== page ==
Terms in italics also appear in this glossary.


Usually allocator means the block allocator, i.e. the logic inside filesystem which decides where to place newly allocated blocks in order to maintain several constraints (like data locality, low fragmentation).

In btrfs, allocator may also refer to chunk allocator, i.e. the logic behind placing chunks on devices.


An operation that can be done to a btrfs filesystem, for example through btrfs fi balance /path. A balance passes all data in the filesystem through the allocator again. It is primarily intended to rebalance the data in the filesystem across the devices when a device is added or removed. A balance will regenerate missing copies for the redundant RAID levels, if a device has failed. As of Linux kernel 3.3, a balance operation can be made selective about which parts of the filesystem are rewritten.


An instruction to the disk hardware to ensure that everything before the barrier is physically written to permanent storage before anything after it. Used in btrfs’s copy on write approach to ensure filesystem consistency.


A single physically and logically contiguous piece of storage on a device, of size e.g. 4K.

block group

The unit of allocation of space in btrfs. A block group is laid out on the disk by the btrfs allocator, and will consist of one or more chunks, each stored on a different device. The number of chunks used in a block group will depend on its RAID level.


The fundamental storage data structure used in btrfs. Except for the superblocks, all of btrfs metadata is stored in one of several B-trees on disk. B-trees store key/item pairs. While the same code is used to implement all of the B-trees, there are a few different categories of B-tree. The name btrfs refers to its use of B-trees.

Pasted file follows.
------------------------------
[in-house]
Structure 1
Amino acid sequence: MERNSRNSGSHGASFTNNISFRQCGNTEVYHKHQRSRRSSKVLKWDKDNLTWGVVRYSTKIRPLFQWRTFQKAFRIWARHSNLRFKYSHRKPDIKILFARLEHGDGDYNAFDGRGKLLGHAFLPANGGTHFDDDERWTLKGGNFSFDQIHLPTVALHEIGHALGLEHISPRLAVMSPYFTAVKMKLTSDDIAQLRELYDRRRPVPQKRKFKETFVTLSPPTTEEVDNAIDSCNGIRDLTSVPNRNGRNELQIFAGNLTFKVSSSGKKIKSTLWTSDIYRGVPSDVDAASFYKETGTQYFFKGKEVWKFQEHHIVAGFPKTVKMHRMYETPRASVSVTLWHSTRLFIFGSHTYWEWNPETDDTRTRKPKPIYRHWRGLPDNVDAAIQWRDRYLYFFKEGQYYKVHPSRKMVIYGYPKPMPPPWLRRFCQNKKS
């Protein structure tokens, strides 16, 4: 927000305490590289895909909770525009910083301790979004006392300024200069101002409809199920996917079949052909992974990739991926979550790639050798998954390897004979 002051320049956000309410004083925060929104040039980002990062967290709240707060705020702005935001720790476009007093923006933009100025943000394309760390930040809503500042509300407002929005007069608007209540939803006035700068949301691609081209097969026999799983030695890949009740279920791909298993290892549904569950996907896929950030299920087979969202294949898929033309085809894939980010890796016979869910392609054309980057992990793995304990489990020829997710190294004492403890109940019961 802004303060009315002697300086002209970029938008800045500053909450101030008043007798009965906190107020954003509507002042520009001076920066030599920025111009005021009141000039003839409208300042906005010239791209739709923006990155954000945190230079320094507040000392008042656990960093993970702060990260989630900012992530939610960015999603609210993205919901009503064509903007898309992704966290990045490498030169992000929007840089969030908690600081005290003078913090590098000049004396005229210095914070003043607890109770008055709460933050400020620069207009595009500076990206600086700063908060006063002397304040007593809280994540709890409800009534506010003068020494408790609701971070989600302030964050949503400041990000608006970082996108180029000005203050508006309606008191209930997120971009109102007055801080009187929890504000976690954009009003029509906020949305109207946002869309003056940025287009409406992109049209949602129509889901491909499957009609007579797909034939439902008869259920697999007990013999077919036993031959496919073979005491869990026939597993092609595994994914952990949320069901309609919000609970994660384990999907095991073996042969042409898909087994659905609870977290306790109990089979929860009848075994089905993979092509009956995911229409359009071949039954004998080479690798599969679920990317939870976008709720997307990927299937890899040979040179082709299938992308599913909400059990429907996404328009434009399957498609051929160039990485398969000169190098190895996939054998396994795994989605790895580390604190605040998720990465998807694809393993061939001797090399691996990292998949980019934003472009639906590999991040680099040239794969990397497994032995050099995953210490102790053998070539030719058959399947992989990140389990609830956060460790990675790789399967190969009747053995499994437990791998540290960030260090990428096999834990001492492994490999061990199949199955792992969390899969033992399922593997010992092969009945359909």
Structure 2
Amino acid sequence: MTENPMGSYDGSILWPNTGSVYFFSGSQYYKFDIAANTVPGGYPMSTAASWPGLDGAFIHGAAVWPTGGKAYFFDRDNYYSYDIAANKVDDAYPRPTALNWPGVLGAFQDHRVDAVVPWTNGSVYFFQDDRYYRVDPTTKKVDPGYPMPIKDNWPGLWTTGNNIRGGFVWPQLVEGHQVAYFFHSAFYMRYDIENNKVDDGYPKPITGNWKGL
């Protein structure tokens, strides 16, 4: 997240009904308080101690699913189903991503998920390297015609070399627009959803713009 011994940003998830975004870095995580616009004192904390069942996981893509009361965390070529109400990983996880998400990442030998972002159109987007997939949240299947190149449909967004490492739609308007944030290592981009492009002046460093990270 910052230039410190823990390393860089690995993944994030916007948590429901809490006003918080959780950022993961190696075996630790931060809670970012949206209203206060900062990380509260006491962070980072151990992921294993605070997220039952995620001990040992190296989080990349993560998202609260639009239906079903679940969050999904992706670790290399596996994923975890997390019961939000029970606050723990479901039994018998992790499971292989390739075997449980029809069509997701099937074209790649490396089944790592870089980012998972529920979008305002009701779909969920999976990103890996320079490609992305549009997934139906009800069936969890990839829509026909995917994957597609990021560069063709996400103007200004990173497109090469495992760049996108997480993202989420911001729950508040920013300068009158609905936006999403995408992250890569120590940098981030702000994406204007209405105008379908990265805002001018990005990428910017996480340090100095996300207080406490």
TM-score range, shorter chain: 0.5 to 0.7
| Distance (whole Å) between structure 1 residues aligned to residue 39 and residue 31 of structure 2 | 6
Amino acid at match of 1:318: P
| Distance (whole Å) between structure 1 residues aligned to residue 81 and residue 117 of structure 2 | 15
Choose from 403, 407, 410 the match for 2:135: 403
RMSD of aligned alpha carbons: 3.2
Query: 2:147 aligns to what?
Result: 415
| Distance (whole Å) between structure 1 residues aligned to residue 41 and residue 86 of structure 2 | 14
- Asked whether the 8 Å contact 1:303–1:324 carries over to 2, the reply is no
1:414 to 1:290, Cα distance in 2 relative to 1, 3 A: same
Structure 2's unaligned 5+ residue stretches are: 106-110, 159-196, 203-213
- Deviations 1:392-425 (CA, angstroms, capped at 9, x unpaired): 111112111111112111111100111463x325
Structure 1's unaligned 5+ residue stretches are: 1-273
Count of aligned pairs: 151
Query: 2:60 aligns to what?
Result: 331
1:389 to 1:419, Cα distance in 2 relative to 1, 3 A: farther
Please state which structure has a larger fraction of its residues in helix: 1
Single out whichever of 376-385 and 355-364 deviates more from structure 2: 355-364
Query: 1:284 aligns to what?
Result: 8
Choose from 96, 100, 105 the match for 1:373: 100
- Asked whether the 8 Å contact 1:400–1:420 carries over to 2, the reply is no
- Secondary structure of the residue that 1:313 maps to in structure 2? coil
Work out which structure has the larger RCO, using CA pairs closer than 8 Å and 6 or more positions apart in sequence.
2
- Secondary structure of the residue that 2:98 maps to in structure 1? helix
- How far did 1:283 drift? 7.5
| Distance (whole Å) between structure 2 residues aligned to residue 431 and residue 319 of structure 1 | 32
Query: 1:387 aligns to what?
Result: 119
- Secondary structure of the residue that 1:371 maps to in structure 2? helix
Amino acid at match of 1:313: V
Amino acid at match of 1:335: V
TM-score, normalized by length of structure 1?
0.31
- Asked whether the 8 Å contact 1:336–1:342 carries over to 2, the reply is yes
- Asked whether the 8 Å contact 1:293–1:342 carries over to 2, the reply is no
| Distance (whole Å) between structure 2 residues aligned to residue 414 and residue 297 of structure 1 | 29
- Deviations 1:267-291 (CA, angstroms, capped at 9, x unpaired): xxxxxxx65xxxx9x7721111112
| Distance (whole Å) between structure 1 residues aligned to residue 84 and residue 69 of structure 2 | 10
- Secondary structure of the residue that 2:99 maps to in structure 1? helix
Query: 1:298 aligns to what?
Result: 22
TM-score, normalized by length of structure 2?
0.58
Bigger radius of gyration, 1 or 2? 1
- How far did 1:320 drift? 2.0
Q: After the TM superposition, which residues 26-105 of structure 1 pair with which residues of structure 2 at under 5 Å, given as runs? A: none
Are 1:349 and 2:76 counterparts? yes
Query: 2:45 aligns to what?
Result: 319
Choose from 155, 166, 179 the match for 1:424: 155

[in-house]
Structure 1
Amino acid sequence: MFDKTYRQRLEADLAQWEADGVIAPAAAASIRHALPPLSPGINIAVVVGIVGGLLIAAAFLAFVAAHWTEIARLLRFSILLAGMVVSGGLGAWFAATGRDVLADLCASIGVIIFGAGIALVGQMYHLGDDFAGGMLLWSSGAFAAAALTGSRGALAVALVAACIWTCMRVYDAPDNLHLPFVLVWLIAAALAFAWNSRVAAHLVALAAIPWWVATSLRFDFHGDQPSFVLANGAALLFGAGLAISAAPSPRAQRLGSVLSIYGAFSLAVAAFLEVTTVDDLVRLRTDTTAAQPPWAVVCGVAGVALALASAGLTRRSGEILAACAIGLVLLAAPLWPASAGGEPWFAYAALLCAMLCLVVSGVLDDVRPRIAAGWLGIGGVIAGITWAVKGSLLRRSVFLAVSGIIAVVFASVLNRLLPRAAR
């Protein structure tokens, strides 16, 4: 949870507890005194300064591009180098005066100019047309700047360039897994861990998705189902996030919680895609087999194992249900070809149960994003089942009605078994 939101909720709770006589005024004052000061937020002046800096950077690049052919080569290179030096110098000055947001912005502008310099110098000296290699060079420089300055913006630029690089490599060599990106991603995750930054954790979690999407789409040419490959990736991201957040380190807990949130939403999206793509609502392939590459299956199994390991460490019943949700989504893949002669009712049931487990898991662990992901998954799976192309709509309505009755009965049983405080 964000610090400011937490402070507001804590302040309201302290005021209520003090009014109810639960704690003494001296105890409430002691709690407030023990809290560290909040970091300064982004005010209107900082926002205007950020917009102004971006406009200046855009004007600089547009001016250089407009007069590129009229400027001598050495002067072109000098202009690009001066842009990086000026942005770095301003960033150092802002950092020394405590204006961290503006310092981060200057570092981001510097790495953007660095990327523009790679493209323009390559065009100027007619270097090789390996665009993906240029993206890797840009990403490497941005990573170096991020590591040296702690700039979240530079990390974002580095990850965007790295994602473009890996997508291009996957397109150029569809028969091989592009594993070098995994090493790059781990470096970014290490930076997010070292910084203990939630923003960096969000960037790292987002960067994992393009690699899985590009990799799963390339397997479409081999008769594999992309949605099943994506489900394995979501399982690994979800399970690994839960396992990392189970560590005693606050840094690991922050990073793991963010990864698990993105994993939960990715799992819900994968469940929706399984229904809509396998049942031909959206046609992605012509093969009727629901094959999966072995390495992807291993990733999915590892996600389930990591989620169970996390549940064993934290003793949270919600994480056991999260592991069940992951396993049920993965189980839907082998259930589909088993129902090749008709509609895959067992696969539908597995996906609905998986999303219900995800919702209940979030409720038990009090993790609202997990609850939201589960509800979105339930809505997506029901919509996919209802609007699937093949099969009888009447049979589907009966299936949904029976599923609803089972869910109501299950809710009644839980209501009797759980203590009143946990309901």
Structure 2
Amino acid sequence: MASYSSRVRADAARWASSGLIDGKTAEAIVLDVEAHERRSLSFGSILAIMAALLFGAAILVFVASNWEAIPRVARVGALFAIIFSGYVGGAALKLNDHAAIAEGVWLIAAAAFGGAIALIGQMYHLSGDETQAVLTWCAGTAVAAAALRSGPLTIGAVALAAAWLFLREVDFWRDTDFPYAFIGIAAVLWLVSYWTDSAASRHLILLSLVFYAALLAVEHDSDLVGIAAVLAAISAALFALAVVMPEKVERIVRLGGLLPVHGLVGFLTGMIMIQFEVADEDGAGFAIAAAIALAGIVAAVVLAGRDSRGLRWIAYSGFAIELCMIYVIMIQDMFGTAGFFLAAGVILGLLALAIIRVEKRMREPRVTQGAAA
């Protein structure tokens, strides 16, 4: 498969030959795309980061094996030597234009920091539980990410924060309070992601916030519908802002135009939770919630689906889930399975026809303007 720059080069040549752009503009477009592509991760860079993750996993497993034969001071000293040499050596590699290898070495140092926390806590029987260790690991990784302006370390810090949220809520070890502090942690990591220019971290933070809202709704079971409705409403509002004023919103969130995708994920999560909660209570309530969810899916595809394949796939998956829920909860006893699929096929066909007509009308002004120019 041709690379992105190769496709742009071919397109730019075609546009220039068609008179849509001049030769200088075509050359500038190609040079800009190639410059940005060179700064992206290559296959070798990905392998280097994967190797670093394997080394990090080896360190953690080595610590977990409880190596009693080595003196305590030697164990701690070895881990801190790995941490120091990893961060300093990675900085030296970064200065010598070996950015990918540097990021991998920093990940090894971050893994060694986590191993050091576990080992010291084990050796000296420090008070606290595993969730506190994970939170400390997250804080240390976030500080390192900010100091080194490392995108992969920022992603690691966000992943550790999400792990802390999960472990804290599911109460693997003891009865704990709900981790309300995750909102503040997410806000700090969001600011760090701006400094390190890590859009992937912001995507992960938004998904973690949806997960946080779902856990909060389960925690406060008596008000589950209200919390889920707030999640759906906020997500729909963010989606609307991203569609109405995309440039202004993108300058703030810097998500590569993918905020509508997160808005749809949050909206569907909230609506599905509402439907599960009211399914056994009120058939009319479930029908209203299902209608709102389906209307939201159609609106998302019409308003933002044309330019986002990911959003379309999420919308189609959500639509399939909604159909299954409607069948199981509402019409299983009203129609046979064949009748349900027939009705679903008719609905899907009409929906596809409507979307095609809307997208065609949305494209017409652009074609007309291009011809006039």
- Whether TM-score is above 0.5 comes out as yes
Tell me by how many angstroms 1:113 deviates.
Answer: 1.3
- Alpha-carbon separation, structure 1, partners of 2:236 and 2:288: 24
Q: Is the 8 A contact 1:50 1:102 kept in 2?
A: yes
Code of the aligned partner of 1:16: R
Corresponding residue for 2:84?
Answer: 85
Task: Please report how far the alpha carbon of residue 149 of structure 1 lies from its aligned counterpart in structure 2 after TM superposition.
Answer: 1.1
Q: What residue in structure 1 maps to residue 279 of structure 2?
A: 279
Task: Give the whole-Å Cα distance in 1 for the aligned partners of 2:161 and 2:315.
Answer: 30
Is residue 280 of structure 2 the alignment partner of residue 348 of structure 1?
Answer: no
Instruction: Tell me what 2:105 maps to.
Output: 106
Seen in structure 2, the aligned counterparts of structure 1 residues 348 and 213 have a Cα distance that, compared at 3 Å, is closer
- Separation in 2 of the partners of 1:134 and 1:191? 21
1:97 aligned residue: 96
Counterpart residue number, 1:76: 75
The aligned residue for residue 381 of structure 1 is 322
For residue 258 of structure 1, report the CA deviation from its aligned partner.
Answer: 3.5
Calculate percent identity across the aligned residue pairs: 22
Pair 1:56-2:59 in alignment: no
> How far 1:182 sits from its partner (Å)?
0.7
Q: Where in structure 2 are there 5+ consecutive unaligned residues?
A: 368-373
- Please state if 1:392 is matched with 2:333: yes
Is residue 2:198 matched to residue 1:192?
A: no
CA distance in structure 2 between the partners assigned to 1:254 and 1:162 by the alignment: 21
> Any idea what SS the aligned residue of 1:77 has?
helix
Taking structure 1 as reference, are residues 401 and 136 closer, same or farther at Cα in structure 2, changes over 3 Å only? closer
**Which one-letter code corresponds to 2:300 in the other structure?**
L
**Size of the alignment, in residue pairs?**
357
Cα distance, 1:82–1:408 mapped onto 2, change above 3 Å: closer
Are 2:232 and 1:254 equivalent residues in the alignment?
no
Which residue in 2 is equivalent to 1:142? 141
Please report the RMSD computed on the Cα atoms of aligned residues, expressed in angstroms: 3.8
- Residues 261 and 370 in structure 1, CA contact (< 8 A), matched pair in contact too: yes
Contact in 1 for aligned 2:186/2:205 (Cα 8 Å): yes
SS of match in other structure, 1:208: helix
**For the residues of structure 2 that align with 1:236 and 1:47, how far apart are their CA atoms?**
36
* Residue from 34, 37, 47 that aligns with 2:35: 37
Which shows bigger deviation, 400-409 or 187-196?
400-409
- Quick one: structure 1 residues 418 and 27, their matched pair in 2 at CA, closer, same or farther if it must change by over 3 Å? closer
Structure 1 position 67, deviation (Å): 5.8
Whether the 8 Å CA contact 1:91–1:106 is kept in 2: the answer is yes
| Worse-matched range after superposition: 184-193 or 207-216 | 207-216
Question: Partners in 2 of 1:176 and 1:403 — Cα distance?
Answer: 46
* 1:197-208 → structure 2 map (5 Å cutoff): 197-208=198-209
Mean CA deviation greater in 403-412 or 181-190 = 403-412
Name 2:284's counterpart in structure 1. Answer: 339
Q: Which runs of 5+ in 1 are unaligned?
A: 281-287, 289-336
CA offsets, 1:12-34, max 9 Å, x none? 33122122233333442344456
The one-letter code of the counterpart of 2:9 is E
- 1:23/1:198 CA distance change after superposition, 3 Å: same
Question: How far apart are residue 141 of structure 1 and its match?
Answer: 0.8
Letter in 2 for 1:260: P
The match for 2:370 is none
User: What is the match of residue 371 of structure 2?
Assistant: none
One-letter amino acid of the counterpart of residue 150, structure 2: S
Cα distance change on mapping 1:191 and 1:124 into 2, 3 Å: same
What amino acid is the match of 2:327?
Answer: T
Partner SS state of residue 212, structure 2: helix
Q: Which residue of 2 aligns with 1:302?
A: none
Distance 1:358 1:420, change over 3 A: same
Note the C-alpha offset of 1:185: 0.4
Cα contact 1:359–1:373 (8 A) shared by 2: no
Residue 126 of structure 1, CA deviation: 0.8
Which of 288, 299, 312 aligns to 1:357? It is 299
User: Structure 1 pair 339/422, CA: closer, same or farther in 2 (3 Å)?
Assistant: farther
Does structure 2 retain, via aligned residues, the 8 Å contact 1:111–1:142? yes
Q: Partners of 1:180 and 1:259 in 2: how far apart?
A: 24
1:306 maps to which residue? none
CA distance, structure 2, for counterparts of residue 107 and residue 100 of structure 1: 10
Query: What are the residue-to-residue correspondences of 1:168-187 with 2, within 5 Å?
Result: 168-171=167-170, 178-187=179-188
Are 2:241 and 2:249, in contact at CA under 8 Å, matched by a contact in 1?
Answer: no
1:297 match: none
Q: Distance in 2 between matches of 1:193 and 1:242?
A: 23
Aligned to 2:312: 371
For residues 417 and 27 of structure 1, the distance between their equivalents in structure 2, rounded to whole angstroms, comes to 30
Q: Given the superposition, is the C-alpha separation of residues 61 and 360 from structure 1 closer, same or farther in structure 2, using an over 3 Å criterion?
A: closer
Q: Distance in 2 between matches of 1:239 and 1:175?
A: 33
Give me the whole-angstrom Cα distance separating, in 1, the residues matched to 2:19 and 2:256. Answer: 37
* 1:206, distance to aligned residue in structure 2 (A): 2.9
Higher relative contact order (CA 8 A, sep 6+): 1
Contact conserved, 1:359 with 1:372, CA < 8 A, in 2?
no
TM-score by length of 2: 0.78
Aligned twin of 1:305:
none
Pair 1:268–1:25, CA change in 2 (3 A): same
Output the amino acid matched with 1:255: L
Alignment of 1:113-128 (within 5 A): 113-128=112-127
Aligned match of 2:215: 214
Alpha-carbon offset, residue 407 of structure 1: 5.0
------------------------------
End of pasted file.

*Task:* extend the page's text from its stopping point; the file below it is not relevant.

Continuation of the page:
Tool in btrfs-progs that checks a filesystem offline (i.e. unmounted), and reports on any errors in the filesystem structures it finds. By default the tool runs in read-only mode as fixing errors is potentially dangerous. See also scrub.


User mode tools to manage btrfs-specific features. Maintained at . The main frontend to btrfs features is the standalone tool btrfs, although other tools such as mkfs.btrfs and btrfstune are also part of btrfs-progs.


A part of a block group. Chunks are either 1 GiB in size (for data) or 256 MiB (for metadata).

chunk tree

A layer that keeps information about mapping between physical and logical block addresses. It’s stored within the system group.


Usually referred to in context of deleted subvolumes. It’s a background process that removes the actual data once a subvolume has been deleted. Cleaning can involve lots of IO and CPU activity depending on the fragmentation and amount of shared data with other subvolumes.


Also known as COW. The method that btrfs uses for modifying data. Instead of directly overwriting data in place, btrfs takes a copy of the data, alters it, and then writes the modified data back to a different (free) location on the disk. It then updates the metadata to reflect the new location of the data. In order to update the metadata, the affected metadata blocks are also treated in the same way. In COW filesystems, files tend to fragment as they are modified. Copy-on-write is also used in the implementation of snapshots and reflink copies. A copy-on-write filesystem is, in theory, always consistent, provided the underlying hardware supports barriers.


See copy-on-write.

default subvolume

The subvolume in a btrfs filesystem which is mounted when mounting the filesystem without using the subvol= mount option.


A Linux block device, e.g. a whole disk, partition, LVM logical volume, loopback device, or network block device. A btrfs filesystem can reside on one or more devices.


A standard Unix tool for reporting the amount of space used and free in a filesystem. The standard tool does not give accurate results, but the btrfs command from btrfs-progs has an implementation of df which shows space available in more detail. See the [[FAQ#Why_does_df_show_incorrect_free_space_for_my_RAID_volume.3F|FAQ]] for a more detailed explanation of btrfs free space accounting.


A form of “RAID” which stores two copies of each piece of data on the same device. This is similar to RAID-1, and protects against block-level errors on the device, but does not provide any guarantees if the entire device fails. By default, btrfs uses DUP profile for metadata on filesystems with one rotational device, single profile on filesystems with one non-rotational device, and RAID1 profile on filesystems with more than one device.